***A fun read.
(Source: The Conversation)
Physical Anthropology Laboratory, 01/29/10
Exploded skull of a walrus (Odobenus rosmarus), early 20th century. This was a popular technique in which preparators cut and spread the cranial bones along their sutures to illustrate the different bones that make up a skull.
A femoral head with a cortex of cortical bone and medulla of trabecular bone. Both red bone marrow and a focus of yellow bone marrow are visible .
What are the differences between red and yellow bone marrow?
Bone marrow is an integral part in the life of a human being, and it functions as the stemming-up region for many of the blood cells, including the red blood cells that carry oxygen from lungs to the other tissues. Furthermore, as it involves the production of white blood cells, which directly impinges on immunity, bone marrow failure can lead to poor immune response and to an increased susceptibility towards infections. Because of these reasons, the bone marrow failure would be detrimental to human life, and it may even lead to fatal outcomes when there is no other way to compensate.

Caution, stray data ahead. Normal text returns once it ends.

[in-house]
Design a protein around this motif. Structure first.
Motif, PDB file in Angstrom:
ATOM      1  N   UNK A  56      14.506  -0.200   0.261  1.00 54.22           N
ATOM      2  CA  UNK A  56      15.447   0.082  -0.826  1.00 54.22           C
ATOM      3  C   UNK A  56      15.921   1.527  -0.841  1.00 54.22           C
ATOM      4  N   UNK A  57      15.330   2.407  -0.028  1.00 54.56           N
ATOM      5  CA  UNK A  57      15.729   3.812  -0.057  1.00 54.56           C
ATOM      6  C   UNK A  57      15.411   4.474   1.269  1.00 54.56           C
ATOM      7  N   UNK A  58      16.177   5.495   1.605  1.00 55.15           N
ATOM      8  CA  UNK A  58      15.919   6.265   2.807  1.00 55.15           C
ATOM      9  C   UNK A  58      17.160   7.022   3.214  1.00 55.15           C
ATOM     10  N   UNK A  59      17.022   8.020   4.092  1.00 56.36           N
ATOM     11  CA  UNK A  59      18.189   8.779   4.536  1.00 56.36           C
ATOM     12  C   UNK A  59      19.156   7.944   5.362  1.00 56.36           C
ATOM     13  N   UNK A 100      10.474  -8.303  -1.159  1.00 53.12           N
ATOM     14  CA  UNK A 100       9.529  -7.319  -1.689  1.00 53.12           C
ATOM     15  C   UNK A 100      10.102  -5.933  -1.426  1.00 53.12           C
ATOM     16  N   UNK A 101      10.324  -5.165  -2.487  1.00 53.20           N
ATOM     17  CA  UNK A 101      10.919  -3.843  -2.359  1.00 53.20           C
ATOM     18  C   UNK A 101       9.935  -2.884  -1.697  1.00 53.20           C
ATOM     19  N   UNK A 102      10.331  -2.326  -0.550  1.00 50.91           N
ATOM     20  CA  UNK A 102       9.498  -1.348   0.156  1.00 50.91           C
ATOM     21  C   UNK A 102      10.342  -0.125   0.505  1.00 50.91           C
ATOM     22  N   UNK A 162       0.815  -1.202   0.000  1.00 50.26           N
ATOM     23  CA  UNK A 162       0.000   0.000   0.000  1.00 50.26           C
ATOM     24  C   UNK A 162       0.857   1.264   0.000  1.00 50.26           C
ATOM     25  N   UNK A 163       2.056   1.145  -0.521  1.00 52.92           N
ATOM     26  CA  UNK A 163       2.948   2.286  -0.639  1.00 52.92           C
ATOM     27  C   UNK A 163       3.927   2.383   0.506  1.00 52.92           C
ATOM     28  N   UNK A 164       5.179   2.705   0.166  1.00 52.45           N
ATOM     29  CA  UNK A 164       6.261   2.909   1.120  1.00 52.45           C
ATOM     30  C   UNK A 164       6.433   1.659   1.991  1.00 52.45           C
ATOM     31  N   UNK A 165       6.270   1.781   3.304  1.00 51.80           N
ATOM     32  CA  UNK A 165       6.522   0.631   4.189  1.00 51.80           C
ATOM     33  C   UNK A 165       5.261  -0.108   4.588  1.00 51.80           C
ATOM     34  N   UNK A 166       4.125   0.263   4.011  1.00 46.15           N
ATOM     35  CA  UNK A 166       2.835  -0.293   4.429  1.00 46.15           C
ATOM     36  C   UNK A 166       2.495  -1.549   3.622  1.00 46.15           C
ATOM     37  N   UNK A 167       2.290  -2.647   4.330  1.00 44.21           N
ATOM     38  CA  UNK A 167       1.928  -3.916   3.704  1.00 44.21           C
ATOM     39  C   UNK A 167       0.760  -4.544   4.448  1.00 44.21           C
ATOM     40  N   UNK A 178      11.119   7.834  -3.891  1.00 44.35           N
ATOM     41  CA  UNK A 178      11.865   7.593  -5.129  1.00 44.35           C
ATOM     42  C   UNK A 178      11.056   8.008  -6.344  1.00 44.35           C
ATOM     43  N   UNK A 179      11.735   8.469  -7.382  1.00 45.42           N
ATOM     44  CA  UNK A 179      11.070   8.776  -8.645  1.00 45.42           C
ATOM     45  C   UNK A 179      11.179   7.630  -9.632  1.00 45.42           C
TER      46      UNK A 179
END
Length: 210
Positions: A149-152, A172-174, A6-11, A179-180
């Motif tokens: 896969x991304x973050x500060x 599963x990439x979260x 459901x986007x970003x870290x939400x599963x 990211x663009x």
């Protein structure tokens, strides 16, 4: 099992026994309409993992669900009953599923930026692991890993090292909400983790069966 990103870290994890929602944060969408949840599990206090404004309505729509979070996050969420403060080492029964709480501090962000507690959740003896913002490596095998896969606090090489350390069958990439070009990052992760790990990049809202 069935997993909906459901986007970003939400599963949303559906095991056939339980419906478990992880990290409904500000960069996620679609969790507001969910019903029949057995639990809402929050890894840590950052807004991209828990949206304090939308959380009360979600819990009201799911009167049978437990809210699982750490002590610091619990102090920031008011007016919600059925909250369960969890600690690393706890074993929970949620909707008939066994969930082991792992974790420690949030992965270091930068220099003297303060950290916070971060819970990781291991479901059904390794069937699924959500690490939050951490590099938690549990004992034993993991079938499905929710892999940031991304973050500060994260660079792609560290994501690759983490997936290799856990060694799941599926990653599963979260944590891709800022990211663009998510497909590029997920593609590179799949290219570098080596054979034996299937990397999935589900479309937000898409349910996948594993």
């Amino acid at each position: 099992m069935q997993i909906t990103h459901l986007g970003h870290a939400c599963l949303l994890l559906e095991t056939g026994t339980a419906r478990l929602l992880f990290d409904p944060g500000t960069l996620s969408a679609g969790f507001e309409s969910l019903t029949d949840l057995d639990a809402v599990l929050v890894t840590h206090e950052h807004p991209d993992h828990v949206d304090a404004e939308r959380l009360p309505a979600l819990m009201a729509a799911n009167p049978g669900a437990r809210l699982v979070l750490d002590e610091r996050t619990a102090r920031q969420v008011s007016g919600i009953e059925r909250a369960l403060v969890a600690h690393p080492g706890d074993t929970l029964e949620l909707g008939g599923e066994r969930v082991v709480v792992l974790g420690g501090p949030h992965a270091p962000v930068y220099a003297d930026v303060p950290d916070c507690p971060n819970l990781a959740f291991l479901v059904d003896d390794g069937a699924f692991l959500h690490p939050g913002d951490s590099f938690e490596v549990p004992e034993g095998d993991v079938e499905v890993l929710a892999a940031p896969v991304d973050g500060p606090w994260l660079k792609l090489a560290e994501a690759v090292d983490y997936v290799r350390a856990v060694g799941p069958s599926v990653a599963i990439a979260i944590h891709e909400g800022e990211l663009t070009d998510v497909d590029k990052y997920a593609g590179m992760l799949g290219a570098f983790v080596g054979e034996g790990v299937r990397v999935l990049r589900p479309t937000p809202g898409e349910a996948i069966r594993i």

Bone marrow would contain precursor cells from which all other types of cells stem out and would also consist of many of the precursor cells that it had already produced. Apart from these two, the marrow would also consist of matrix cells, as well as fat cells to a certain extent. In a healthy person, the marrow would account for about four percent of the body weight, and it can be classified into red and yellow bone marrow according to its location, color and from the cells that are present in abundance.
The red marrow:
This is the main marrow that gives rise to all the red blood cells, white blood cells and the platelets and is located in the flat bones such as hip bones, skull bone, ribs, breast bone and the vertebrae. During the fetal life and in early childhood, many of the long bones would also contain red marrows, although they become ossified and replaced within few years. But the left over red marrow will prevail throughout life according to the requirements of the human body and would continue to function even when a person reaches the elderly stage. In certain instances, many diseases including cancers, infections and inflammatory conditions can affect the bone marrow and, at times, certain medical treatments such as radiation can also affect the marrow.
The yellow marrow:
Yellow marrow is located in the hollow centers of the long bones, such as in the legs and in the arms, and yellow marrow largely consists of fat cells although it will have a different role from that of normal fat cells. Although the initial bone marrow present in a newborn would be of the red marrow variety, it will be converted into yellow marrow at desired locations by the age of five years.